The museum is open!
Hamilton Wood Type & Printing Museum announces it's re-opening in our new location! After nearly a year of packing, loading, moving, and fixing, we are now open at our new space at 1816 10th Street, Two Rivers, WI 54241. Our new address is a short distance from our original location with a stunning view of Lake Michigan. The building is more than twice the size of the original museum and was previously owned by the Formrite Company of Two Rivers.
Come check out our new home! Self guided tours are available anytime during our regular business hours. Guided tours of the museum are provided on the hour in the afternoon. And don't forget Hamilton staff host educational demonstrations, field trips, workshops and offer opportunities for artists, printers, historians and other scholars to experience this vast wood type collection. Please contact the museum at email@example.com or (920) 794-6272 for more information or to schedule a group visit.
Join us on Saturday, December 7th for our Open House. The Hamilton Housewarming will be held from 10 a.m. to 5 p.m. at the new museum at 1816 10th Street in Two Rivers. Volunteers and staff will be throughout the museum providing information, giving demonstrations of printing, and showcasing the museum's collection. Please join us as we celebrate the History of Hamilton and enter into a new era in the preservation of American Wood Type. This event is free and open to the public.
Hamilton Wood Type & Printing Museum
1816 10th Street
Two Rivers, WI 54241
If you would like to make a donation to the museum please visit our donation page. The museum is owned and operated by the Two Rivers Historical Society, which is a 501c3. Donations to the museum are tax deductible.
1.5 Million Pieces of Wood Type
The Hamilton Wood Type and Printing Museum is the only museum dedicated to the preservation, study, production and printing of wood type. With 1.5 million pieces of wood type and more than 1,000 styles and sizes of patterns, Hamilton's collection is one of the premier wood type collections in the world. In addition to wood type, the Museum is home to an amazing array of advertising cuts from the 1930s through the 1970s, and all of the equipment necessary to make wood type and print with it, as well as equipment used in the production of hot metal type, tools of the craft and rare type specimen catalogs.
Located between the East and West Twin Rivers on Lake Michigan, the Hamilton Manufacturing Company was the largest wood type producer in the country, when virtually everything was letterpress printed. The company was founded in 1880, and in addition to wood type, the company has manufactured medical office furniture, light tables, the first gas powered clothes dryer (really!) and more; now in its 130th year, the company produces steel lab equipment.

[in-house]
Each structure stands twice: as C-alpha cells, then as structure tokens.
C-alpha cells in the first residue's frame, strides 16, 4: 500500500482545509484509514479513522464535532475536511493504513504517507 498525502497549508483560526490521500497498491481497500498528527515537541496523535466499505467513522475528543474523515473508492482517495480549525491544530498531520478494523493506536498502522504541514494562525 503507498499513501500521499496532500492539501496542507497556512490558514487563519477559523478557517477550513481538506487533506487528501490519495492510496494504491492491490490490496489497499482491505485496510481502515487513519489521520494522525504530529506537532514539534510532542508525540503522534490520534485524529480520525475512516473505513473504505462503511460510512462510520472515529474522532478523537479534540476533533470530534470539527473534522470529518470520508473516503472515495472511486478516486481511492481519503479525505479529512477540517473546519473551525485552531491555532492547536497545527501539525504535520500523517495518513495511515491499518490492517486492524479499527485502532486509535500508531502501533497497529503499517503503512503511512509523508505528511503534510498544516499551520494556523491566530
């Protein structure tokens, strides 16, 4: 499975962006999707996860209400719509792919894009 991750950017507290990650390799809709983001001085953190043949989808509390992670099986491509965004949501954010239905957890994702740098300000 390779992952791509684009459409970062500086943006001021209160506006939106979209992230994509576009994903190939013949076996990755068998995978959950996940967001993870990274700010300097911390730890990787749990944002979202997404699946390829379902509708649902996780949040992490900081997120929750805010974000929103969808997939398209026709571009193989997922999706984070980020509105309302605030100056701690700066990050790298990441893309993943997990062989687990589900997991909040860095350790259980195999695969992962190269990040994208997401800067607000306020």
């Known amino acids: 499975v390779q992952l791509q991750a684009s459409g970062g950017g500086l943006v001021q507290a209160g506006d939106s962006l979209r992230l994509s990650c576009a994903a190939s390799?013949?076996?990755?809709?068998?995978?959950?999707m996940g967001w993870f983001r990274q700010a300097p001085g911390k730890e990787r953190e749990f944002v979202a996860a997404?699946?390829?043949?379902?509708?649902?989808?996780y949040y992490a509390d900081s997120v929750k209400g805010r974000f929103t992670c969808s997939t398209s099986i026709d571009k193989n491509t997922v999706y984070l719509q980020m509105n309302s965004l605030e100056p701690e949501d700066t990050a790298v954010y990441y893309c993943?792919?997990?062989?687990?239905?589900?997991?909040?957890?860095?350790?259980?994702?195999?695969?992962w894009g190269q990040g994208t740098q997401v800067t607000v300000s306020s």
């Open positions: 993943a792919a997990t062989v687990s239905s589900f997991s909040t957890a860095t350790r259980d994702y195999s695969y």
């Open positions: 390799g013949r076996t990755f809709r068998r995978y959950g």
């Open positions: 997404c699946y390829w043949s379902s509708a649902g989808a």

Thanks to Our Volunteers
Established and managed by the Two Rivers Historical Society, the Hamilton Wood Type and Printing Museum is in its fourteenth year as a living museum. The Museum is operated by staff and volunteers of the Two Rivers Historical Society, many of whom are part of the history of Hamilton, as former employees. We are quite lucky to have among them former type cutters, trimmers, and sales staff, who are helping us tell the story!
"We have benefited from the life experiences of the many people who actually made the exquisitely detailed wood type and who still reside in Two Rivers," says Jim Van Lanen, Sr., the founder of the Museum. "These people are in their 70s and 80s. They show us, from memory, how the type workshop really operated - the old secrets that make these extraordinarily beautiful and distinctively American alphabets."
A Working Museum
The Museum, at 45,000 square feet, is no doubt one of the largest fully functional workshops in the world. Not only do the thousands of visitors who come through every year get to see how wood type was made at the foundry, students, artists, typographers and designers visit to take workshops and actually put their hands on and use the collection to create works of art and scholarship in our pressroom at the Museum. To be able to use the type and cuts and a press to make a print can broaden a design student's understanding of typography and color and layout, and artists make work with wood type that would have surprised and delighted Ed Hamilton, the company's founder.